"There's still time to recover this oceangoing fish in its historic Southeast habitat," said the Center's Jaclyn Lopez. "Endangered Species Act protection will help guide restoration efforts that will help the shad rebound."

Read more in our press release.

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EPA Tightens Rules to Save Our Skies

Los Angeles smogPrompted by a legal threat from the Center, the Environmental Protection Agency has made it official: Seventeen states -- plus Washington, D.C. -- have failed to achieve ozone air-quality standards more than 8 years after the EPA tightened rules to reduce smog threatening public health, wildlife and ecosystems.

This federal decree triggers stricter standards for emissions and reporting in order to clean up unhealthy skies. The areas receiving a failing grade include six California counties; the greater metro areas of Atlanta, Chicago, Cleveland, Denver, Houston, New York, Philadelphia, Phoenix, Pittsburgh and St. Louis; the city of Sheboygan, Wis.; and the entire state of Connecticut.

"Ozone silently attacks our lungs, needlessly increasing emergency room visits and deaths for the children and elderly who are the most vulnerable to air pollution," said Jonathan Evans, environmental health legal director at the Center. "The Clean Air Act saves lives, protects wildlife and clears up smoggy skies, but only when polluters are forced to clean up their act."

Read more in our press release.

Protest Filed Over Fossil Fuels Auction on 75,000 Nevada Acres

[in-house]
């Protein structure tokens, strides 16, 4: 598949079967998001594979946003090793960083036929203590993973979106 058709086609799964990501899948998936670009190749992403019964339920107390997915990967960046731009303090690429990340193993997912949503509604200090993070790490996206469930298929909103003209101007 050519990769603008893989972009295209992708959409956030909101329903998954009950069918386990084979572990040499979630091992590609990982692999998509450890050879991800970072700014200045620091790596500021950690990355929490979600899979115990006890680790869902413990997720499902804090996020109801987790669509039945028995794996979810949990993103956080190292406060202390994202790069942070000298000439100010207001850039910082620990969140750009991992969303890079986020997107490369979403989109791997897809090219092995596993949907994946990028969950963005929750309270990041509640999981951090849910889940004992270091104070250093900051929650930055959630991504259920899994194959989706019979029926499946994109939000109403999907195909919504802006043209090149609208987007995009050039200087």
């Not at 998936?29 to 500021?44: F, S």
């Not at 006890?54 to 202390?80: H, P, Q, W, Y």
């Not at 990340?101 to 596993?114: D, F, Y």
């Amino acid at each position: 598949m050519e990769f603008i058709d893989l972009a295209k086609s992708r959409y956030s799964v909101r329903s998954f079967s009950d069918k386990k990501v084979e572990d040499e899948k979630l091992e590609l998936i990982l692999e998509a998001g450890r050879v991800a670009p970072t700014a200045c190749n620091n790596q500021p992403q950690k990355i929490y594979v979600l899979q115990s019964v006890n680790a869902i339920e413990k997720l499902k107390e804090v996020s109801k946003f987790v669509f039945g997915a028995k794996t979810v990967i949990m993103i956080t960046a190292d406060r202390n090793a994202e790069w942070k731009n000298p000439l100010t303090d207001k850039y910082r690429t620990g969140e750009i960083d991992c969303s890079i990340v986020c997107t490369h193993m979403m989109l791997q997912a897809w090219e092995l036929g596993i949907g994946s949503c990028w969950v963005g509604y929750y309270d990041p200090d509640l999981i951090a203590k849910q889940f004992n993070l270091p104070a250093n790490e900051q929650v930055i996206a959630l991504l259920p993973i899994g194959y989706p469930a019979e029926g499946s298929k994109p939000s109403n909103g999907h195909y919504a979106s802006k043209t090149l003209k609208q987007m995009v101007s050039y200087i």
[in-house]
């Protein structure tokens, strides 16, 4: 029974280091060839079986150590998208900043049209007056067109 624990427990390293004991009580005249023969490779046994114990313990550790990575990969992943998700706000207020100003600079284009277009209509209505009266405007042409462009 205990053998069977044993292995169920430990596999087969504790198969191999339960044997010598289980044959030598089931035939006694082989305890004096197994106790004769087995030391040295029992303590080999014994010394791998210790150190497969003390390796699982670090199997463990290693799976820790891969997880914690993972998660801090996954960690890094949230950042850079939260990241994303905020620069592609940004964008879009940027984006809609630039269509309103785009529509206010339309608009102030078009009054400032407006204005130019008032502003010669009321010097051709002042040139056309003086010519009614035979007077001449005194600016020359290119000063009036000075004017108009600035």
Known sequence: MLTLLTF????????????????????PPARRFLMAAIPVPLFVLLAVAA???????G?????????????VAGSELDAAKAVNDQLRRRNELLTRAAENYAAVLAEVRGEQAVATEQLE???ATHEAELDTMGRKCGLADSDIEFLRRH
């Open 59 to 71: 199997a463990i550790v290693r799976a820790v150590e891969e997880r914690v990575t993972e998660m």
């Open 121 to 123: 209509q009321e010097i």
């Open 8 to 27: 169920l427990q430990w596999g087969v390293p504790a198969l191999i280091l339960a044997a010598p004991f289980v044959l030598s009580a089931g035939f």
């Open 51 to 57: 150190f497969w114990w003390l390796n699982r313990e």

NevadaThe Center and allies have filed a formal protest against a federal plan to auction off nearly 75,000 acres in Nevada's Lander and Nye counties, which hold fossil fuels containing an estimated 419,983 tons of potential greenhouse gas pollution. In approving the auction, the Bureau of Land Management failed to analyze its likely effect on local resources, including sensitive wildlife populations and habitat -- not to mention climate change.

"Every new federal fossil fuel lease entails a number of serious concerns, such as water depletion and contamination, and contributes to the already looming climate crisis," said the Center's My-Linh Le. As our protest outlines, the BLM should end all new federal fossil fuel leasing, as well as ban fracking and other unconventional well-stimulation activities.

This is the latest action in the nationwide "Keep It in the Ground" campaign, which calls on President Obama to halt new federal fossil fuel leases on public lands and oceans -- thus keeping up to 450 billion tons of potential carbon pollution out of the atmosphere.

Read more in our press release.

Tell Obama: Declare Climate Emergency, Ban Oil Exports -- Take Action

President ObamaAs the Obama administration prepares to sign the historic Paris Agreement in New York tomorrow, let's urge the president to take real climate action by declaring a national emergency and banning all U.S. crude oil exports. That's what the Center and more than 350 other groups have done in a legal petition sent to President Obama yesterday. Now you can join us by signing a citizen's petition, too.